The hoses had initially been carved into the chalk on Hindover Hill. There were originally two white horses on the hill, the first is no more, lasting only until the 1920s. There are various myths about how the horse got there in the first place, but I personally like the tale of two youths who saw a patch of bare chalk in the turf that looked like a horse's head and they added the body. The second chalk horse, still visible today and in excellent condition was cut in 1924 by John T Ade, Mr. Bovis, and Eric Hobbis. The three men cut the horse overnight by the light of a full moon. They wanted to startle the locals with the sudden appearance of the horse in the morning and make the men famous. The National Trust acquired the carving in 1991, and it has since been scoured several times. Apparently, it was camouflaged during the war in 1930. Anyway, that is your history lesson for today. As I am reading this out loud to my walking buddies, reveling in the wonder that is Google, we make a steep descent into a dark forest.
Knowing full well that what goes down, always eventually goes up, we hit some crazy steps. They went on forever and ever, and I am sure I was moaning about them! Jason calls out "how far until Exceat Julia?", he was obviously feeling the toughness of the trail as well. Peter seemed to have boundless energy as he never moaned once! "About 1.5 miles to go," I shouted back. "I am sure you said the same half an hour ago," he questioned. I just ignored him and continued climbing the forest steps, which is difficult when you have small legs!
Eventually, we found ourselves in a wonderfully secluded hamlet of Westdean. It housed a small collection of beautiful cottages complete with its very own duck pond. We snap pictures (which is now an excuse for a break), drink some water, and head off again. We then hear a squeal of pure delight as Jason recognized a familiar face that was heading our way. His daughter Lauren was running down the steps, closely followed by his wife, Alison. With new energy in our little group, the last section flew by. As we emerged out of the forest, we were greeted by incredible views of the Cuckmere River meandering its way out to sea.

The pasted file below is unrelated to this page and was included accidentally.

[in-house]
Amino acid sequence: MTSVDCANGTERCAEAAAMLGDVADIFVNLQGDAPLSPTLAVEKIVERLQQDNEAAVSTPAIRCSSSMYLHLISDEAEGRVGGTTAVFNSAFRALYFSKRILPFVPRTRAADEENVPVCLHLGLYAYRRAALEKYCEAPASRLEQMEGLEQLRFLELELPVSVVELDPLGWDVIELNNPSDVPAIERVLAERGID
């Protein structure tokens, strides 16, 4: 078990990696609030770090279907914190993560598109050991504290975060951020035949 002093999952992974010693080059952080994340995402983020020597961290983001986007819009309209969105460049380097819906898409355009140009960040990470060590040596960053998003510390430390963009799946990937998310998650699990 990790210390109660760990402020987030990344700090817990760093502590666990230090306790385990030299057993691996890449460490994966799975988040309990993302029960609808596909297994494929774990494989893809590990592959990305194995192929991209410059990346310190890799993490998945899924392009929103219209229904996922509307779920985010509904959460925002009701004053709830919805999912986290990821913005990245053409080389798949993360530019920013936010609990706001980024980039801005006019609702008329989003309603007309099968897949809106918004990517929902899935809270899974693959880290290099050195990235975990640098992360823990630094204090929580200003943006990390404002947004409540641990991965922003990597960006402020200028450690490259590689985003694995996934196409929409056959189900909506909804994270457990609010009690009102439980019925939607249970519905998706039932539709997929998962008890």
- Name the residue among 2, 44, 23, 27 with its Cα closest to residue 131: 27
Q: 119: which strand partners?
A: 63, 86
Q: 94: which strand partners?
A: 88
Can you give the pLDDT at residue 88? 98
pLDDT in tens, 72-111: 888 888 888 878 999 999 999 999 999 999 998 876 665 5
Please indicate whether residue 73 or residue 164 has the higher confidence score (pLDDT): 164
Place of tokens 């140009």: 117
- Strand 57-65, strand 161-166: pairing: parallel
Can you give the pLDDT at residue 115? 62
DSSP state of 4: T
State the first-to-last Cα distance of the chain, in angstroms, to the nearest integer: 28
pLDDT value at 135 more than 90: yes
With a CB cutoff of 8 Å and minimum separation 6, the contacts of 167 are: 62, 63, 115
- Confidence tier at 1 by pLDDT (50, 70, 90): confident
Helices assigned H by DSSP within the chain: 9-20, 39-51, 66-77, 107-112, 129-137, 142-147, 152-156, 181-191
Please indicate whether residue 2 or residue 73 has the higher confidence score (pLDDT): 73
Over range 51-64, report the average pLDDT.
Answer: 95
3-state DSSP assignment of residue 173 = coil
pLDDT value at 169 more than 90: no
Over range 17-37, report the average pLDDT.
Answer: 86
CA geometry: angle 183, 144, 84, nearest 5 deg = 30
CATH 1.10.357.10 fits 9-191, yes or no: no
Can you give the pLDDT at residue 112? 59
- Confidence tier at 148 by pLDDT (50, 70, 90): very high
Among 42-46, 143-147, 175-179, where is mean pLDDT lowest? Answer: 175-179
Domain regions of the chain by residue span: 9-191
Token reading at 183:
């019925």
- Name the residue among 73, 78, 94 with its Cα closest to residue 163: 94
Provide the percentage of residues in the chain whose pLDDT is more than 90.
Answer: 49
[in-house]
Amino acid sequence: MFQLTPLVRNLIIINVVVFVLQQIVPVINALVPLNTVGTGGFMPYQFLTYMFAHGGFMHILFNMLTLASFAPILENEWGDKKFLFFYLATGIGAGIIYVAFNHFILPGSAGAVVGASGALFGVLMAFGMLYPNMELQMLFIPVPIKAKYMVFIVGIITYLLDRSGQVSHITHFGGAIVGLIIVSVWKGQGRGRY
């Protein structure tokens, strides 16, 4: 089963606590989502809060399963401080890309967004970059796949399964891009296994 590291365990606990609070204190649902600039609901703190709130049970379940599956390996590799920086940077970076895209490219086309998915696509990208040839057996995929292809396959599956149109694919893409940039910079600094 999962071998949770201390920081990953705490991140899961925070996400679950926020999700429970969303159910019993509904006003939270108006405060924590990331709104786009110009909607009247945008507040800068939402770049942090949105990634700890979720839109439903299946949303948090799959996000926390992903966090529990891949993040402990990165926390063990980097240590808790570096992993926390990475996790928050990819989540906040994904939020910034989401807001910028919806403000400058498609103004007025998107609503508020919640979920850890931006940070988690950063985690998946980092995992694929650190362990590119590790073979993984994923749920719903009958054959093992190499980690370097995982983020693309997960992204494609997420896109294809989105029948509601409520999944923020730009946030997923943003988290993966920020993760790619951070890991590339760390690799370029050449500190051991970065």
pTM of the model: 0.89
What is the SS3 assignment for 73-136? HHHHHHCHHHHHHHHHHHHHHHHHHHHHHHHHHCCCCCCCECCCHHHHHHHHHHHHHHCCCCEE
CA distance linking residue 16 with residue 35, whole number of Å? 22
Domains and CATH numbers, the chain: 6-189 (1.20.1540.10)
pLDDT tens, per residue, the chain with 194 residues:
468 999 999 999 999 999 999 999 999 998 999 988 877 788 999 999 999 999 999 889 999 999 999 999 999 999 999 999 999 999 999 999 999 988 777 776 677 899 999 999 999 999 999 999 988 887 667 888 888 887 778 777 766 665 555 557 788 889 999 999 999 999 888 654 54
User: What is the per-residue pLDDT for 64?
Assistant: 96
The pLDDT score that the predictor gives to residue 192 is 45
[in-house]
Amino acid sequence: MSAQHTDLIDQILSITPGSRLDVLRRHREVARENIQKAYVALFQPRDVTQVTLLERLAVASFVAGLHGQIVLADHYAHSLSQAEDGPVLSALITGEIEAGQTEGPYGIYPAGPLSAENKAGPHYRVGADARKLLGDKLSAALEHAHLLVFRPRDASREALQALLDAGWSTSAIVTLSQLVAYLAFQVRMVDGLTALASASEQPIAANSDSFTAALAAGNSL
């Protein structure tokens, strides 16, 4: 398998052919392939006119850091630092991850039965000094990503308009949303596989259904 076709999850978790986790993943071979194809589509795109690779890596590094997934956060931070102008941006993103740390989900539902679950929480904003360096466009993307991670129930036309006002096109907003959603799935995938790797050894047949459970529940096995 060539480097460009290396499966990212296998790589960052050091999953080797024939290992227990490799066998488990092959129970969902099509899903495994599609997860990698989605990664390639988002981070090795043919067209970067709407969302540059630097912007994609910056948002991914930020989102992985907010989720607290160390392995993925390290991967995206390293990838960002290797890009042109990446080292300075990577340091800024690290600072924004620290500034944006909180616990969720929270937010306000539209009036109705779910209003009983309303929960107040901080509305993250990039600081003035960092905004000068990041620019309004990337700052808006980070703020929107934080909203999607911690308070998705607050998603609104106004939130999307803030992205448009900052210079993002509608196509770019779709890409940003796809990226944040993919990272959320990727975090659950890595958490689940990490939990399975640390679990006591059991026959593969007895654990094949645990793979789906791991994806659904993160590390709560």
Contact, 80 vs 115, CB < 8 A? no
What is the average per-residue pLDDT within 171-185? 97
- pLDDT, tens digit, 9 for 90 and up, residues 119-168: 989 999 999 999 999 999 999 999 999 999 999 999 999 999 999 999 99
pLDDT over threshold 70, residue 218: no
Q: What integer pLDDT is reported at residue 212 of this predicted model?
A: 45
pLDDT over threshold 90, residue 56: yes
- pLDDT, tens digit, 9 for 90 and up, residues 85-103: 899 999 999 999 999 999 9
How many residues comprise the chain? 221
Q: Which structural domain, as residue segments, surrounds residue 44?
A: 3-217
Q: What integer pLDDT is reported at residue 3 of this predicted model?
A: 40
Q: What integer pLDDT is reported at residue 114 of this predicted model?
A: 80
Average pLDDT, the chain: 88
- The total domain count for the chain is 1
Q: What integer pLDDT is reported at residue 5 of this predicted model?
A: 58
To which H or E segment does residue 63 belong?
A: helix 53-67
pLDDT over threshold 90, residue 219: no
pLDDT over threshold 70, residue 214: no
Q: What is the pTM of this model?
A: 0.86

"That is the start of the seven sisters," explained Pete. "we will be walking that tomorrow." As we took our time descending into The Seven Sisters Country Park, Exceat, I was thinking about what I had achieved so far. Was tomorrow really going to be my last day… eek! My mind was racing with all the mini-adventures that I had had so far, and I felt alive. It was great walking on my own for the first five days, but life indeed became more interesting once I had started walking with others.
We found our way to the car park, and I was relieved to take off my shoes and air my feet. I enjoyed an ice-cold coke from the shop and Alison had made a fresh banana cake which was still warm. It was the best banana cake I have ever tasted.
We waved goodbye to Peter as he boarded the bus to Newhaven, and I hopped into Alison's car, Eastbourne YHA for me, please!
I have stayed at many YHA's, but the one in Eastbourne was not the best. In hindsight, I wish I had booked a Premier Inn or something similar. The hostel was out of town and had no cafe or food available. I checked in and then spent all evening in my room. I had ordered a private room, which meant that I was guaranteed a good night's sleep. I enjoyed a long hot shower then cooked myself spaghetti Bolognese on my trusty Jetboil, thankful that I kept a few Adventure meals in my pack for emergencies. I spent my evening writing, editing videos, and chatting to my hubby before eventually drifting off to sleep around 9pm.
The last day is tomorrow! Night night.
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ECCLESBOURNE WAY WITH STEAM TRAIN EXPERIENCE (11 miles)£54.00